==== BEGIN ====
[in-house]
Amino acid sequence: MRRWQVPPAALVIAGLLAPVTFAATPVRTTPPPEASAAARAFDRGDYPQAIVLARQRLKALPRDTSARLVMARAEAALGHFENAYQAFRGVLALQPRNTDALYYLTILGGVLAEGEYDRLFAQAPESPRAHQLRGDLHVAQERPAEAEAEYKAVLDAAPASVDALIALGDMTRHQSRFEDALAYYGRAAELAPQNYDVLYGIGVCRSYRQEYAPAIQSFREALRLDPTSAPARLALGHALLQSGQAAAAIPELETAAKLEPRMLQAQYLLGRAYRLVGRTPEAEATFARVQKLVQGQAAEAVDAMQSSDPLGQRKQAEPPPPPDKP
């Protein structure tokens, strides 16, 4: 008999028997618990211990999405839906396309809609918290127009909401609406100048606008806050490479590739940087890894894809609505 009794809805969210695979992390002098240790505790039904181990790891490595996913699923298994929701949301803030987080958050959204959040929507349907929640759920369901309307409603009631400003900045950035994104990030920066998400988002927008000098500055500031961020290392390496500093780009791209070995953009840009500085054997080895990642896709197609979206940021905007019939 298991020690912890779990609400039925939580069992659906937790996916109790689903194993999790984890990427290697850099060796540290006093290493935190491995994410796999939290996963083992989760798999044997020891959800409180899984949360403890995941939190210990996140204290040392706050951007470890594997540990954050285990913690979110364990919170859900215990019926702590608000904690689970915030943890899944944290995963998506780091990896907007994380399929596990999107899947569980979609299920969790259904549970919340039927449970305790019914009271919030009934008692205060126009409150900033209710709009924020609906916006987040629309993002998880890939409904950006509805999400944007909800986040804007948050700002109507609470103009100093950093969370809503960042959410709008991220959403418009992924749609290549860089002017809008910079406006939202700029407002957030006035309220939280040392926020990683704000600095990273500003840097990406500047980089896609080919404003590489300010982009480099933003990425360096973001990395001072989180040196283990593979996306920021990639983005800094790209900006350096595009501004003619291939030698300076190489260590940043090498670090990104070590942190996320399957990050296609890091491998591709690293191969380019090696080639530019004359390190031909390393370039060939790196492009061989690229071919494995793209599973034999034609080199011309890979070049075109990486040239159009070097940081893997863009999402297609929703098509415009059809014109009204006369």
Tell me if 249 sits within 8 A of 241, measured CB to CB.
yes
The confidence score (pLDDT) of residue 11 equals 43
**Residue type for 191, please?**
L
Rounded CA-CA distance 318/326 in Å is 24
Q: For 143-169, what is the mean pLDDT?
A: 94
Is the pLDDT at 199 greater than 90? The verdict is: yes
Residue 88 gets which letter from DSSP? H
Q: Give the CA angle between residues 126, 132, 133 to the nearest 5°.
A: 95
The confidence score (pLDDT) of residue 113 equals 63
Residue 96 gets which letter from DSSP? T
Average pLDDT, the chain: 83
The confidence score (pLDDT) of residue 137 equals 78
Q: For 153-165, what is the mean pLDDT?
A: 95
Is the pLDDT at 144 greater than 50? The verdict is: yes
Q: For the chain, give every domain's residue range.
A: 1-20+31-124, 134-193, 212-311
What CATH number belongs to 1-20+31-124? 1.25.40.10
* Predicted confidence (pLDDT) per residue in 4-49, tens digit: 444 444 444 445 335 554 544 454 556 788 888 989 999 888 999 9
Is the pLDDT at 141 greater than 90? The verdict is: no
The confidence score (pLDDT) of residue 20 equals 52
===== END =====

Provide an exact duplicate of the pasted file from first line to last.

[in-house]
Amino acid sequence: MRRWQVPPAALVIAGLLAPVTFAATPVRTTPPPEASAAARAFDRGDYPQAIVLARQRLKALPRDTSARLVMARAEAALGHFENAYQAFRGVLALQPRNTDALYYLTILGGVLAEGEYDRLFAQAPESPRAHQLRGDLHVAQERPAEAEAEYKAVLDAAPASVDALIALGDMTRHQSRFEDALAYYGRAAELAPQNYDVLYGIGVCRSYRQEYAPAIQSFREALRLDPTSAPARLALGHALLQSGQAAAAIPELETAAKLEPRMLQAQYLLGRAYRLVGRTPEAEATFARVQKLVQGQAAEAVDAMQSSDPLGQRKQAEPPPPPDKP
């Protein structure tokens, strides 16, 4: 008999028997618990211990999405839906396309809609918290127009909401609406100048606008806050490479590739940087890894894809609505 009794809805969210695979992390002098240790505790039904181990790891490595996913699923298994929701949301803030987080958050959204959040929507349907929640759920369901309307409603009631400003900045950035994104990030920066998400988002927008000098500055500031961020290392390496500093780009791209070995953009840009500085054997080895990642896709197609979206940021905007019939 298991020690912890779990609400039925939580069992659906937790996916109790689903194993999790984890990427290697850099060796540290006093290493935190491995994410796999939290996963083992989760798999044997020891959800409180899984949360403890995941939190210990996140204290040392706050951007470890594997540990954050285990913690979110364990919170859900215990019926702590608000904690689970915030943890899944944290995963998506780091990896907007994380399929596990999107899947569980979609299920969790259904549970919340039927449970305790019914009271919030009934008692205060126009409150900033209710709009924020609906916006987040629309993002998880890939409904950006509805999400944007909800986040804007948050700002109507609470103009100093950093969370809503960042959410709008991220959403418009992924749609290549860089002017809008910079406006939202700029407002957030006035309220939280040392926020990683704000600095990273500003840097990406500047980089896609080919404003590489300010982009480099933003990425360096973001990395001072989180040196283990593979996306920021990639983005800094790209900006350096595009501004003619291939030698300076190489260590940043090498670090990104070590942190996320399957990050296609890091491998591709690293191969380019090696080639530019004359390190031909390393370039060939790196492009061989690229071919494995793209599973034999034609080199011309890979070049075109990486040239159009070097940081893997863009999402297609929703098509415009059809014109009204006369």
Tell me if 249 sits within 8 A of 241, measured CB to CB.
yes
The confidence score (pLDDT) of residue 11 equals 43
**Residue type for 191, please?**
L
Rounded CA-CA distance 318/326 in Å is 24
Q: For 143-169, what is the mean pLDDT?
A: 94
Is the pLDDT at 199 greater than 90? The verdict is: yes
Residue 88 gets which letter from DSSP? H
Q: Give the CA angle between residues 126, 132, 133 to the nearest 5°.
A: 95
The confidence score (pLDDT) of residue 113 equals 63
Residue 96 gets which letter from DSSP? T
Average pLDDT, the chain: 83
The confidence score (pLDDT) of residue 137 equals 78
Q: For 153-165, what is the mean pLDDT?
A: 95
Is the pLDDT at 144 greater than 50? The verdict is: yes
Q: For the chain, give every domain's residue range.
A: 1-20+31-124, 134-193, 212-311
What CATH number belongs to 1-20+31-124? 1.25.40.10
* Predicted confidence (pLDDT) per residue in 4-49, tens digit: 444 444 444 445 335 554 544 454 556 788 888 989 999 888 999 9
Is the pLDDT at 141 greater than 90? The verdict is: no
The confidence score (pLDDT) of residue 20 equals 52